The point of Irenaeus theology of the new creation is the belief that just as the human person has a teleology, passing from finite sinfulness into eternal glory, so to must all creation have a teleology, which, as in the case of man, involves not destruction but purification and renewal,    This is the burden of the highly suggestive text in Romans 5:  “Creation was subjected to futility, not of its own will but by the will of him who subjected  it in hope; because the creation itself will be set free from its bondage to decay and obtain the glorious liberty of the children of God.” 

On the grounds of natural insight one might reasonably ask, especially as we know more about the history of nature itself, if it is likely that this vast drama of creation, proceeding from chaos to order,  from the age of the flying serpents to the zoo, a world of animals that man can and does dominate, in which the seasons are stable; if it is likely that, assuming the providence of God, this should come to nothing.    Looking at man and the world always as something being born rather than seeing it as destined for destruction undergirds a whole worldview that is distinctively Christian and which dominated imagination until the fifteenth century.   One of the most significant shifts in Chrisian imagination is the abandonment of the image of Christ returning to the new creation in favor of the crucifix, the image of Christ suffering that echoes in Christian life.   This in a sense represents the abandonment of future hope in favor of present experience, and it is the original de-eschatologicalization, not of course denying that Christ will return but refocusing thought and imagination on the present.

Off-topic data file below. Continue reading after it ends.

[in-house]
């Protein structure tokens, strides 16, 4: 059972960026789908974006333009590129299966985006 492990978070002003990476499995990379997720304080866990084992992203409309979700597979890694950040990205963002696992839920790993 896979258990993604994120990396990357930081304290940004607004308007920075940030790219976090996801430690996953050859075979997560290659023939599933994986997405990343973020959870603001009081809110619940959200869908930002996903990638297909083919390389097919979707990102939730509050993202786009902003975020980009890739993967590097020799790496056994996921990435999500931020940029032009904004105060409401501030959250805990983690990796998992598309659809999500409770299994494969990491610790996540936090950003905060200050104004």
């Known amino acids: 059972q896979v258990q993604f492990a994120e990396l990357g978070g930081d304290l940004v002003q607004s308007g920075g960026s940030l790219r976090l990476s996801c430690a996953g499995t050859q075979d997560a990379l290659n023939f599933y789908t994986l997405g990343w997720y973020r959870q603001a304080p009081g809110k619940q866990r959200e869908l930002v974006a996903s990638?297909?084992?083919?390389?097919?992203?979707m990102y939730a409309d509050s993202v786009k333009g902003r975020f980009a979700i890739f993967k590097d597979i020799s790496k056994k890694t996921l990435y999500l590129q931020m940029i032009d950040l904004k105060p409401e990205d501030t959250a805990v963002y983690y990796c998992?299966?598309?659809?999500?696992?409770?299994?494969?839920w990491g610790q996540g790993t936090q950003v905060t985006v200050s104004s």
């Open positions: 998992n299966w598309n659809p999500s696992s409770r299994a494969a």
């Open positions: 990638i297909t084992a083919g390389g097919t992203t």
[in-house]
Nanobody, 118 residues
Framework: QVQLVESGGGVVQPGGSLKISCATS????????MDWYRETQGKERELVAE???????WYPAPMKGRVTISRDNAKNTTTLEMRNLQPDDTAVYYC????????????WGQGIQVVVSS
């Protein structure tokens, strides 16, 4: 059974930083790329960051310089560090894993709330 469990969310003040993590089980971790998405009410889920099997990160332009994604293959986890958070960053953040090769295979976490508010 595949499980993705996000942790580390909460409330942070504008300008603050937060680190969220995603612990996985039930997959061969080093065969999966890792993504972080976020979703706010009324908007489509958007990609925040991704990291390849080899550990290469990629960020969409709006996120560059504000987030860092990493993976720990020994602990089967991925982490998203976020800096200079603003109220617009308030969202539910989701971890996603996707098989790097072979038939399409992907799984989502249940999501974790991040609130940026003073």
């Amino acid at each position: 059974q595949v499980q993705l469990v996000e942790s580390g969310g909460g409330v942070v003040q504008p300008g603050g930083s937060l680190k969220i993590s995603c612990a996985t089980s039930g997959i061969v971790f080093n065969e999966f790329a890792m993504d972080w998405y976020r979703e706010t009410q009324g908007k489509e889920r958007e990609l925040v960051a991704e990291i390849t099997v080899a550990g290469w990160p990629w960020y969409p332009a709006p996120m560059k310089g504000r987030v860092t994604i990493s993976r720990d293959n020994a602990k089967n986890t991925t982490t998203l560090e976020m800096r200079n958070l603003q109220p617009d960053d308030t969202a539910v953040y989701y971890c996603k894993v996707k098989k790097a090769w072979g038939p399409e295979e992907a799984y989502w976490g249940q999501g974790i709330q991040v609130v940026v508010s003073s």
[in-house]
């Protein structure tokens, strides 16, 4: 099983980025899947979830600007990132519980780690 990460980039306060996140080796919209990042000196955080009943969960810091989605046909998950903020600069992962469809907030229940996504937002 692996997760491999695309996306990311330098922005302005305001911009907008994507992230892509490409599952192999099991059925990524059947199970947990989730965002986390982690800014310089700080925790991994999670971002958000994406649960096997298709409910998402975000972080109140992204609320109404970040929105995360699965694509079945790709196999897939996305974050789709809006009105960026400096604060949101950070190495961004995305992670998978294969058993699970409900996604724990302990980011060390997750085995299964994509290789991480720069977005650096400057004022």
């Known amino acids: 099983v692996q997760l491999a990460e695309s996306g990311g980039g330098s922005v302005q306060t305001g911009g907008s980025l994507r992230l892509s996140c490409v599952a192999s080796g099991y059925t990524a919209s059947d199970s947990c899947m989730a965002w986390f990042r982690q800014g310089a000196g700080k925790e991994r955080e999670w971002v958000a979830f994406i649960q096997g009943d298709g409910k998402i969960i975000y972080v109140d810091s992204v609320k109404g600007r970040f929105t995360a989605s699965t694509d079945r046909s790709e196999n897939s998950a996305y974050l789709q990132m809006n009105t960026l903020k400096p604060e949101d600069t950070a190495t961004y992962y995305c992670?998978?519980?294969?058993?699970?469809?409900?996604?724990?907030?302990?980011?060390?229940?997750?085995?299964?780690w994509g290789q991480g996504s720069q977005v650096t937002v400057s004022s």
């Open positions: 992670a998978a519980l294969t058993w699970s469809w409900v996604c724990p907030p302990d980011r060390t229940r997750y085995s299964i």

People fall for the rapture theology because they want to believe that their lives come to something.  Part of that theology is the belief that true Christians will be spared the hard times called the tribulation.   But there is nothing in Scripture or tradition that suggests that believers are spared the troubles of the last days that are history between Christ’s first coming and his return.  But amidst these troubles it is reasonable and faithful to believe that the world and man in it is coming to something glorious.